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18¢ IS A LOT FOR A GALLON OF GAS

Bad news, auto aficionados; Standard Oil jacked up the price of gas another half cent, raising the 1912 price to around 18 cents. “Speed burners, won’t this make you slower?” the Press Democrat asked snarkily.

(ABOVE: Santa Rosa’s first gasoline price war, summer of 1914. The Grand Garage on Third st. countered by selling Red Crown gas for 14 cents.)

1911  16¢
1912  18¢
1913  22¢
1914  13¢
1915  15¢
1916  23¢
1917  N/A
1918  25¢
1919  25¢
1920  30¢
1921  26¢
1922  25¢
1923  22¢
1924  21¢
1925  22¢
1926  23¢
1927  21¢
1928  21¢
1929  21¢
1930  20¢
1931  17¢
1932  18¢
1933  18¢
1934  19¢
1935  19¢
1936  19¢
1937  20¢
1938  20¢
1939  19¢
1940  18¢
1941  19¢
1942  20¢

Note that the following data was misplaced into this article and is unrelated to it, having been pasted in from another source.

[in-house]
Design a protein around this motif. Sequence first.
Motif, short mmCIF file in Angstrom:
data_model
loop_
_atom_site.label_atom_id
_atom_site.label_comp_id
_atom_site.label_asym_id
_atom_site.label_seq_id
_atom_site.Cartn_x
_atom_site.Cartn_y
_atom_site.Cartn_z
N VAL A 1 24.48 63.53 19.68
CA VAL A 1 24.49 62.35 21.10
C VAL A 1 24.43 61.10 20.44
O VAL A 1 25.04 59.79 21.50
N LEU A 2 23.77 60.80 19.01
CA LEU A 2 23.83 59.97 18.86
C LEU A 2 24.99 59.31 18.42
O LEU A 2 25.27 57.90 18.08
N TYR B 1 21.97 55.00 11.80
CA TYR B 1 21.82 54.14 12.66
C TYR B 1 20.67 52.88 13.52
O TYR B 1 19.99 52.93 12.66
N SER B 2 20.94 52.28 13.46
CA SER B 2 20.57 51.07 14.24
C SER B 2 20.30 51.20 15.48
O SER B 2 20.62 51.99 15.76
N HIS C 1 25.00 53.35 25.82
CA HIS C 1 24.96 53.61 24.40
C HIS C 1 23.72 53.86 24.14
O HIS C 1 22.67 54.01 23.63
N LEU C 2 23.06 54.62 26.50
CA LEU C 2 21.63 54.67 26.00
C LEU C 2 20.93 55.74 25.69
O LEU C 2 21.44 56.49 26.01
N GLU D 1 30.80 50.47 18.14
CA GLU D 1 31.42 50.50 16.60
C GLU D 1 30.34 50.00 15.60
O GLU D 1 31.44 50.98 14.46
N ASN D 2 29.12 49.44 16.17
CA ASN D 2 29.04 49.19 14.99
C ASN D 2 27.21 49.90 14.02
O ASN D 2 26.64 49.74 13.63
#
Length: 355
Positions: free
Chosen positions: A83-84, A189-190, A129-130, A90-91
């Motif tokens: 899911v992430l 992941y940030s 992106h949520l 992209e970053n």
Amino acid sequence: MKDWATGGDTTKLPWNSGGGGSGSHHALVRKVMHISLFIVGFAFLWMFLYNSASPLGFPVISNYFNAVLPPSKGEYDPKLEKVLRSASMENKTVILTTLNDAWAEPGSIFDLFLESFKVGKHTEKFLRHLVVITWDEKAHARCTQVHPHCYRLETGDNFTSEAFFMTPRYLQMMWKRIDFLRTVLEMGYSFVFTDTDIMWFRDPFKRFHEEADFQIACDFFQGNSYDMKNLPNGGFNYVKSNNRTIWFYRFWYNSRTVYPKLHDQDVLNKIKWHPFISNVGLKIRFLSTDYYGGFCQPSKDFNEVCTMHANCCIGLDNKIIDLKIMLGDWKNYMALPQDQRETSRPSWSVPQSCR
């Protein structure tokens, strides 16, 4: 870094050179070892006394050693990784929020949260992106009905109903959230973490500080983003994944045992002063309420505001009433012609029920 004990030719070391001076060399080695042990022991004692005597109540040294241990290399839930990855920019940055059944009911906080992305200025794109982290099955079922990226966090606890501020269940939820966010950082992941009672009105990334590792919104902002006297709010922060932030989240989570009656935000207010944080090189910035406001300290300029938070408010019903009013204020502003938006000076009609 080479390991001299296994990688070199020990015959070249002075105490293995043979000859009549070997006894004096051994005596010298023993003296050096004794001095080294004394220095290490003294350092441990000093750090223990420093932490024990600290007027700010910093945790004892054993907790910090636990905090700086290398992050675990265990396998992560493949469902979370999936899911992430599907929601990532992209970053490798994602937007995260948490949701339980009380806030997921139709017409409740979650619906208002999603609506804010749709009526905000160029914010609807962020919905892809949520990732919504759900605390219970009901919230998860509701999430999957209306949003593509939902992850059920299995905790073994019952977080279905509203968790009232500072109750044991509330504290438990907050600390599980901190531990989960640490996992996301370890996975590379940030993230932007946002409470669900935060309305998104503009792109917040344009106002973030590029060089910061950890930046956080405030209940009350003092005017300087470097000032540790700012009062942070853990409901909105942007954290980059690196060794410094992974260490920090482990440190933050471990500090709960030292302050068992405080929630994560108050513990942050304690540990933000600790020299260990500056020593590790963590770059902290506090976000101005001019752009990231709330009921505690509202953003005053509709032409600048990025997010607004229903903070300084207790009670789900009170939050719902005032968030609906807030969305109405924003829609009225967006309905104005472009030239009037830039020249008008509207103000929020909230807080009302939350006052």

1943  21¢
1944  21¢
1945  21¢
1946  21¢
1947  23¢
1948  26¢
1949  27¢

True, 18¢ was no small change back then. A dime in 1912 was worth about $2.50 today, so it was actually the equivalent of $4.50 a gallon.

We don’t know precisely what they were paying in Sonoma County at the time; price bumps were mentioned in the local papers, but never the cost at the pumps, but it was most likely less than 18¢. A 1913 San Francisco Call article noted the market price in the city was then 16½ cents – 25 percent less than the national average – which meant a gallon of gas was possibly more like 14¢ locally in 1912. Prices were probably lower in the Bay Area simply because it was a major seaport; Shell did not begin operating the Martinez refinery until 1915.

While we may never know the real 1912-1913 gas prices around here, we surely know what they were in remote parts of the country. Open any auto enthusiast magazine from that period and you’re bound to find a correspondent kvetching about how much more it cost to fill ‘er up in Death Valley, Yellowstone or some other wilderness. The fellow who complained in high dudgeon about gas being 40¢ at Yosemite probably came home with snapshots of gas station signs.

(RIGHT: Average national gasoline prices, 1911-1949 rounded to the nearest penny. SOURCES: EIA.Gov, period automotive magazines)